Surge in heat deaths means Maricopa County medical examiner staff work more shifts, additional hours
Maricopa County has seen a huge uptick in heat related deaths compared to last year. For the people who investigate those deaths, it means working longer hours and more shifts.
To date, Maricopa County has confirmed 133 heat-related deaths so far this year, and another 341 are under investigation. Dr. Jeff Johnston is the county’s chief medical examiner.
"So, we certainly increased more working hours, we added a lot of shifts," said Dr. Jeff Johnston, the county’s chief medical examiner. "We were operating at 68% above what our typical operating maximums are."
And they sustained that pace over a four-week period during the month of July.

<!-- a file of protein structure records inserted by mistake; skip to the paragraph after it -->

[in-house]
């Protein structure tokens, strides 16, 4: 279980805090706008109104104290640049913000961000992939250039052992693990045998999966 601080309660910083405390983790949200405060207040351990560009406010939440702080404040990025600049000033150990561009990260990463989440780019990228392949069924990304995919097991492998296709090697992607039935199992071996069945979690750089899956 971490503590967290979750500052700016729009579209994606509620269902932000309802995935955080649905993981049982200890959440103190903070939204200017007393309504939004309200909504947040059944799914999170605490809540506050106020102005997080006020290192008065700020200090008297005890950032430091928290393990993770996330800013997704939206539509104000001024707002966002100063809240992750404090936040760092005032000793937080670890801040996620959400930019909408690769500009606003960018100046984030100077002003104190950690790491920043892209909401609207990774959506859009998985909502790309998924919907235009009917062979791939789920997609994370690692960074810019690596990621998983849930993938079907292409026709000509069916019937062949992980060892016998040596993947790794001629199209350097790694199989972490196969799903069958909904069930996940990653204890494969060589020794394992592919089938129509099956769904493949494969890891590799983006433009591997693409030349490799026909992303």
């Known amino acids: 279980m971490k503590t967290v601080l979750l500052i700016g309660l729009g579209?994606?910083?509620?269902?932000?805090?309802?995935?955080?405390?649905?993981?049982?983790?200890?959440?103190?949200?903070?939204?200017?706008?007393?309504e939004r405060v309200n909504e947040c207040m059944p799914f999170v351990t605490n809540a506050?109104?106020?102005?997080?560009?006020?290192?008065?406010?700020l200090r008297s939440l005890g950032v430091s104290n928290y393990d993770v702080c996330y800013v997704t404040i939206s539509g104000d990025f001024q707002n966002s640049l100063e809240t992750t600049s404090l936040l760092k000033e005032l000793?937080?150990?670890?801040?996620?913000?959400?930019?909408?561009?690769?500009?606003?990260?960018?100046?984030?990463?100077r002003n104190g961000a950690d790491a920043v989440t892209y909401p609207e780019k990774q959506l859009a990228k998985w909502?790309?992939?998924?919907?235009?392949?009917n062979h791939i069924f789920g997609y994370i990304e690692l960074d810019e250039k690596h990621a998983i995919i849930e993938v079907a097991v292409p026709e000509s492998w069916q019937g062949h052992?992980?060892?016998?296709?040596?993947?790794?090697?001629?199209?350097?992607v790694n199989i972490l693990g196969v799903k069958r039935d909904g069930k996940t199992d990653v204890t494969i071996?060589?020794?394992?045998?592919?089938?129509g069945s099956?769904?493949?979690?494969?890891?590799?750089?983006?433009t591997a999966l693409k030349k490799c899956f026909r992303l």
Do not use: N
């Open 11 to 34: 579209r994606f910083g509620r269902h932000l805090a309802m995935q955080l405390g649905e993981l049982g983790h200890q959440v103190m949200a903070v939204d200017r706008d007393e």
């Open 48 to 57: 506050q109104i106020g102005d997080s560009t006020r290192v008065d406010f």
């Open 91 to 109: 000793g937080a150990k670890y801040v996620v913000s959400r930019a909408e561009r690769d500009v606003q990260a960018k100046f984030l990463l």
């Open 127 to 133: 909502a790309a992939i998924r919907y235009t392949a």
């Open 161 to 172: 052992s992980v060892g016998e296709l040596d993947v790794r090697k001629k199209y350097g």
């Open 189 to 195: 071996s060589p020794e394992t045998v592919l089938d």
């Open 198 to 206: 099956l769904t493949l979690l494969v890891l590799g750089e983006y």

"Unfortunately, there aren't any staff to bring in. So, there's no autopsy technicians from hospitals or forensic pathologists that are just sort of out in the community working somewhere else. We’re really it. There’s no relief force for us," he said.
Which means supporting staff who experience burnout, compassion fatigue and vicarious trauma with a peer support group and therapy animals, as well as other tools.
"Most of the staff except for the physicians are trained by us. There's not a school to be a forensic autopsy technician or school to be a medical legal death investigator. We have to train those folks. And it typically takes about three months to start somebody off and get them to a place where they can independently be productive for the team," Johnston said.